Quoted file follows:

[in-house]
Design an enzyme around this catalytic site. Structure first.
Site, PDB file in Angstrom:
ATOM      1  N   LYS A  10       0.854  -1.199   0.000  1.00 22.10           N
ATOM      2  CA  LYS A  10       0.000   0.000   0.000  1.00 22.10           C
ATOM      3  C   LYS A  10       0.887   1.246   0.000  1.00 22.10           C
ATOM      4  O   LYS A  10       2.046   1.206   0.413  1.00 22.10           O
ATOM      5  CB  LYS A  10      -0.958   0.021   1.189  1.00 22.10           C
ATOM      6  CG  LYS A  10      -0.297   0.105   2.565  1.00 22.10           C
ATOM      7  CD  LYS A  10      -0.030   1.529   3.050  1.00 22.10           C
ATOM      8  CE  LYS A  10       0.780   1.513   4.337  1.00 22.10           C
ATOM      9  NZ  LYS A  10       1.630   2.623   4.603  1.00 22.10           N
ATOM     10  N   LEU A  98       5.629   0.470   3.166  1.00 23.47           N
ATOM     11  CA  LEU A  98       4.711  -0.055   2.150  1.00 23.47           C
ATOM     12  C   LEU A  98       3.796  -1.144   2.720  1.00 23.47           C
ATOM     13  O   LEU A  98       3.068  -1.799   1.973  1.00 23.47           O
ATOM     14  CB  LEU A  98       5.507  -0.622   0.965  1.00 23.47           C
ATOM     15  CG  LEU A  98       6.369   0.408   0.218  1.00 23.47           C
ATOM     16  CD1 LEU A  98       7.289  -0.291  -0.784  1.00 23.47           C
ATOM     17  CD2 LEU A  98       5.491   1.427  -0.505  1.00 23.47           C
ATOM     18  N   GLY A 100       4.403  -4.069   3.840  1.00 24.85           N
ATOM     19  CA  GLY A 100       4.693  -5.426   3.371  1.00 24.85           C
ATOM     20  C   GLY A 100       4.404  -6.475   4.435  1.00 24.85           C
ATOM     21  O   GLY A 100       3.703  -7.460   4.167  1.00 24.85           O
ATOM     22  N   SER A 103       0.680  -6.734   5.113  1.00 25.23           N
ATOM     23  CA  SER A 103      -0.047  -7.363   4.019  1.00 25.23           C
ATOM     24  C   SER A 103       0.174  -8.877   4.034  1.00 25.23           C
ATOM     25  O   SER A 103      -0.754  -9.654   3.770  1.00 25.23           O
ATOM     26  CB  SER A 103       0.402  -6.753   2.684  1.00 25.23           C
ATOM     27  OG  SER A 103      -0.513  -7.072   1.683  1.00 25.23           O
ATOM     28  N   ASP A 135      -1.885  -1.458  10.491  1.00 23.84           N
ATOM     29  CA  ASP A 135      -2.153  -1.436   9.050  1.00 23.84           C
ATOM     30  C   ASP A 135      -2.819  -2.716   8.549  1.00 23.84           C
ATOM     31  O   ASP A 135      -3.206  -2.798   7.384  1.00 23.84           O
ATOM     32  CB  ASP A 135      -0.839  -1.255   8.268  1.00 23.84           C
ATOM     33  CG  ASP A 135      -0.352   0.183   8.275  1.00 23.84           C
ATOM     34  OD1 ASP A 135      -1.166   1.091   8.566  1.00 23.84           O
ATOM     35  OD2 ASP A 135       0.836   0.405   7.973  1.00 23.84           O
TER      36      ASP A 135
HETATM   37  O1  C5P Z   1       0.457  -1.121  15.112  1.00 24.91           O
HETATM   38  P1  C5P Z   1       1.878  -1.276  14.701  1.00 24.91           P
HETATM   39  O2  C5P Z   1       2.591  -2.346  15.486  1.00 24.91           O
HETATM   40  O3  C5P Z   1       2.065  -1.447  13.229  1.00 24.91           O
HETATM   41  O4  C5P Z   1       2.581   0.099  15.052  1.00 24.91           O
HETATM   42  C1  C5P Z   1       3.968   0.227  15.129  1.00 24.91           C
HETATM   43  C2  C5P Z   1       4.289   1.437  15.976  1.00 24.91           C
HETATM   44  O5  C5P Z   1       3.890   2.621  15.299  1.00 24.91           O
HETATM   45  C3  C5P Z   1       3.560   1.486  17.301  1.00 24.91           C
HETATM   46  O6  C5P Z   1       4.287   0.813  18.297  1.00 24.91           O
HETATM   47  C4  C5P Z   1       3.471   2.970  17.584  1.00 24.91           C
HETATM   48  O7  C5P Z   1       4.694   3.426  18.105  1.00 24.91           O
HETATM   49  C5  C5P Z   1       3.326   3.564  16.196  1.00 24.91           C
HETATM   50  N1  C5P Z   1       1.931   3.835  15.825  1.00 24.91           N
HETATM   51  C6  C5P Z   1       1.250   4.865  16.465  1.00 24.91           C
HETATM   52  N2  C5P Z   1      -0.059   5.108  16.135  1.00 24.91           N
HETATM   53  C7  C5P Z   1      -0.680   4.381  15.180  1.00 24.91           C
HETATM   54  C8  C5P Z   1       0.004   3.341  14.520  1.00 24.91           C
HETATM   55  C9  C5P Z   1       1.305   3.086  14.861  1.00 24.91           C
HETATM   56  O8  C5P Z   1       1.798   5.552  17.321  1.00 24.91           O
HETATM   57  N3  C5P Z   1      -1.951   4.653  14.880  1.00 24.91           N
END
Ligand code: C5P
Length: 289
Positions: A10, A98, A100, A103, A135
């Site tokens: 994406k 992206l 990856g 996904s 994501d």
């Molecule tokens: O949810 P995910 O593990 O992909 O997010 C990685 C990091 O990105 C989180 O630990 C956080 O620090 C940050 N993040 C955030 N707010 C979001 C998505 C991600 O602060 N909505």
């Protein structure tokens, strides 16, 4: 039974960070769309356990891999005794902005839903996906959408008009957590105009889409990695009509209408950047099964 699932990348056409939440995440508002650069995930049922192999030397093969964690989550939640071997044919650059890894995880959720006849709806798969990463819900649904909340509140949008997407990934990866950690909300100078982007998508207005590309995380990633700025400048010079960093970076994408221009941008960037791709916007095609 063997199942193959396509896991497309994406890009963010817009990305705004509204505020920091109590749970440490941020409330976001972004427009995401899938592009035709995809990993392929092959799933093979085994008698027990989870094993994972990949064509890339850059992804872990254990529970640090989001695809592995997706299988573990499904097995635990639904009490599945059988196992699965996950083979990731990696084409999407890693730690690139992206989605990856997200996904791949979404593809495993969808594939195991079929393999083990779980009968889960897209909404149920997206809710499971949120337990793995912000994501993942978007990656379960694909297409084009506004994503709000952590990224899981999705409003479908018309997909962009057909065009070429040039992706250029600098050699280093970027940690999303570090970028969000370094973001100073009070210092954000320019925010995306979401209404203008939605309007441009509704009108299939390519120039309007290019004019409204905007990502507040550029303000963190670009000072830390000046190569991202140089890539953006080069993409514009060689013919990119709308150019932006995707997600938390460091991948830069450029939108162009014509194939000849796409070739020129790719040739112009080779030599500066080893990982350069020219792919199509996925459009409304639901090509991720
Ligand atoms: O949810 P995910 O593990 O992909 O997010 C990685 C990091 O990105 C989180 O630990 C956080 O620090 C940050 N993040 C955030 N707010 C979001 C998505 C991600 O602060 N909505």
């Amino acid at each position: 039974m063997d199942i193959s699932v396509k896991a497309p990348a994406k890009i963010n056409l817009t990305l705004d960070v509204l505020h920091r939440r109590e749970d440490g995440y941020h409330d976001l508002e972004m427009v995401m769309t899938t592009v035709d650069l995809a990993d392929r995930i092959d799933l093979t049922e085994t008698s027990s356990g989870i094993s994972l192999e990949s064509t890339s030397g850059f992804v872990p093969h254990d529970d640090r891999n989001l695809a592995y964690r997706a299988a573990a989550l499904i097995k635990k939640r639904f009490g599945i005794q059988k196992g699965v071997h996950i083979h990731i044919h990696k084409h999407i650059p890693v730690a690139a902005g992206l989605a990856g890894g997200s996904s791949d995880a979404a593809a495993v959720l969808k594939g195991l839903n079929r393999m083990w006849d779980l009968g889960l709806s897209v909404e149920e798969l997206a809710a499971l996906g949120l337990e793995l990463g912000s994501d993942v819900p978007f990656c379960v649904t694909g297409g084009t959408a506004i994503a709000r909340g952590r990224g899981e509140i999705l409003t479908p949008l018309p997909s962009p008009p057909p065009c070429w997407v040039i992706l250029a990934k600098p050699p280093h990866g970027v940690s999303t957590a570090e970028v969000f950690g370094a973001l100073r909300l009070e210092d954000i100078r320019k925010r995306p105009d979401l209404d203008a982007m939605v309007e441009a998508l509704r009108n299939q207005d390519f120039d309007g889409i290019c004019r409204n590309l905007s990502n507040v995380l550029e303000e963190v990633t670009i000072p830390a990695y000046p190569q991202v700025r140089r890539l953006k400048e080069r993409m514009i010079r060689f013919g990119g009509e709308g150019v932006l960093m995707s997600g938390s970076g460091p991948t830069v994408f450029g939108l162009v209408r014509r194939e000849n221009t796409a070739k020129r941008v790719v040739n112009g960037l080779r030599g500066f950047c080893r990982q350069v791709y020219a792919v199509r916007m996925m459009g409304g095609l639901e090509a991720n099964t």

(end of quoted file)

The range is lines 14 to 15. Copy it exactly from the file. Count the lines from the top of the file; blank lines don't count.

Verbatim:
ATOM     11  CA  LEU A  98       4.711  -0.055   2.150  1.00 23.47           C
ATOM     12  C   LEU A  98       3.796  -1.144   2.720  1.00 23.47           C